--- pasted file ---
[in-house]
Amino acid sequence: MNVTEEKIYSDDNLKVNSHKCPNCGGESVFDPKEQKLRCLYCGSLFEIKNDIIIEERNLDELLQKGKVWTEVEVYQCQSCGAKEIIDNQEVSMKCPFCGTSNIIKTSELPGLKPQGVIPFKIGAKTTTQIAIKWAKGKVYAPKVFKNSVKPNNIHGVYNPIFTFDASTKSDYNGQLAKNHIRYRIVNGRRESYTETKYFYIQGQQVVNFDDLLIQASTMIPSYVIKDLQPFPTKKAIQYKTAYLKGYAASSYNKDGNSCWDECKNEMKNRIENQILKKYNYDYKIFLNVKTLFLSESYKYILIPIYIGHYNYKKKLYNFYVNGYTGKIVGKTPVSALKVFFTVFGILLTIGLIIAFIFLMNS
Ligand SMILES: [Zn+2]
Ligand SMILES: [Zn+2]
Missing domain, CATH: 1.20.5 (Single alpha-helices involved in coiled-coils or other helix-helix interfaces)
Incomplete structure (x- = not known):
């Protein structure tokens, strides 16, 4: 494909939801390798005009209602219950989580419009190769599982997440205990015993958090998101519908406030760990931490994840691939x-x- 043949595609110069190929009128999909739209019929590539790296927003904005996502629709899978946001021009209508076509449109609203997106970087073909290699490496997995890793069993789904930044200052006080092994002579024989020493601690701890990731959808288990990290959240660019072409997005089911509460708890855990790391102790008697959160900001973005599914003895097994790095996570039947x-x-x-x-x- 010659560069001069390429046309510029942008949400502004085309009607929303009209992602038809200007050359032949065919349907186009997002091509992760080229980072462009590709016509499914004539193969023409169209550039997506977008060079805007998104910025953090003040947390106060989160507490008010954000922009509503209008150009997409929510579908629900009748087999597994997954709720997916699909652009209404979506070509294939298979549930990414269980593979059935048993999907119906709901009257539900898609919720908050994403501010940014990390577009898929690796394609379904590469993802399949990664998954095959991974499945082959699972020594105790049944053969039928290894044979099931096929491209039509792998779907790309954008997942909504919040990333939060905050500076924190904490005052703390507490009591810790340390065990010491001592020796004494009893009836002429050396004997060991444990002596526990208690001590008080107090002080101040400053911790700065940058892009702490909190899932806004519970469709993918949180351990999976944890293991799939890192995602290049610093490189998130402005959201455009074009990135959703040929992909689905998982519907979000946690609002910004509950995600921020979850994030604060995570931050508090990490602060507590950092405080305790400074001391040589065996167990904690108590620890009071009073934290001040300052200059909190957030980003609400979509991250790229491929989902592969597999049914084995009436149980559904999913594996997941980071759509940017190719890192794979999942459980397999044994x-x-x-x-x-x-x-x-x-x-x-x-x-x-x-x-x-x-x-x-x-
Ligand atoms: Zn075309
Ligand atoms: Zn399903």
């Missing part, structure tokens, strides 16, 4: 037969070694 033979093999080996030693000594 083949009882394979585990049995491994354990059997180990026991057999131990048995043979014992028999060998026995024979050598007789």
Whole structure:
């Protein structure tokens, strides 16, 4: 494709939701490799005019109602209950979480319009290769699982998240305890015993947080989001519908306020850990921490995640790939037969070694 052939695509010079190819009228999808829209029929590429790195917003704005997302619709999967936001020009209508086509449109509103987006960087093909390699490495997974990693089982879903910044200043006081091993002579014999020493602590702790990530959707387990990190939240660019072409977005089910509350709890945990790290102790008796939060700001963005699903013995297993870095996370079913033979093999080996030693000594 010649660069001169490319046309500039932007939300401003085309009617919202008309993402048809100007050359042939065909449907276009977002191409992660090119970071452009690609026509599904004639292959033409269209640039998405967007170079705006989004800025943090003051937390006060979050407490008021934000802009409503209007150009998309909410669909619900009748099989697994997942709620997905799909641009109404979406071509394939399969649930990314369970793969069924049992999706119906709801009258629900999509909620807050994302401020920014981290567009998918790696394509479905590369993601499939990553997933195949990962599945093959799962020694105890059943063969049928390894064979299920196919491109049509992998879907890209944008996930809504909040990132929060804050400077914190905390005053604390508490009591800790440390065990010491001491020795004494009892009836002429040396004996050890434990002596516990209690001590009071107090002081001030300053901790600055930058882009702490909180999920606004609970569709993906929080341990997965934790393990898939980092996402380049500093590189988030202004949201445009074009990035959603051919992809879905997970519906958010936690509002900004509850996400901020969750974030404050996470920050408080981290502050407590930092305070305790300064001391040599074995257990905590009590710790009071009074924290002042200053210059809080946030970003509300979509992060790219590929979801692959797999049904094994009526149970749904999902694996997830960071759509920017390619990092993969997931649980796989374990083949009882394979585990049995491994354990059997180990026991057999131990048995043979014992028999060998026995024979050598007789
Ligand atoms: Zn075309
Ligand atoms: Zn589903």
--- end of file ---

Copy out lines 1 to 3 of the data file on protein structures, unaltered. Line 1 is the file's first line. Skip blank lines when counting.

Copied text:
[in-house]
Amino acid sequence: MNVTEEKIYSDDNLKVNSHKCPNCGGESVFDPKEQKLRCLYCGSLFEIKNDIIIEERNLDELLQKGKVWTEVEVYQCQSCGAKEIIDNQEVSMKCPFCGTSNIIKTSELPGLKPQGVIPFKIGAKTTTQIAIKWAKGKVYAPKVFKNSVKPNNIHGVYNPIFTFDASTKSDYNGQLAKNHIRYRIVNGRRESYTETKYFYIQGQQVVNFDDLLIQASTMIPSYVIKDLQPFPTKKAIQYKTAYLKGYAASSYNKDGNSCWDECKNEMKNRIENQILKKYNYDYKIFLNVKTLFLSESYKYILIPIYIGHYNYKKKLYNFYVNGYTGKIVGKTPVSALKVFFTVFGILLTIGLIIAFIFLMNS
Ligand SMILES: [Zn+2]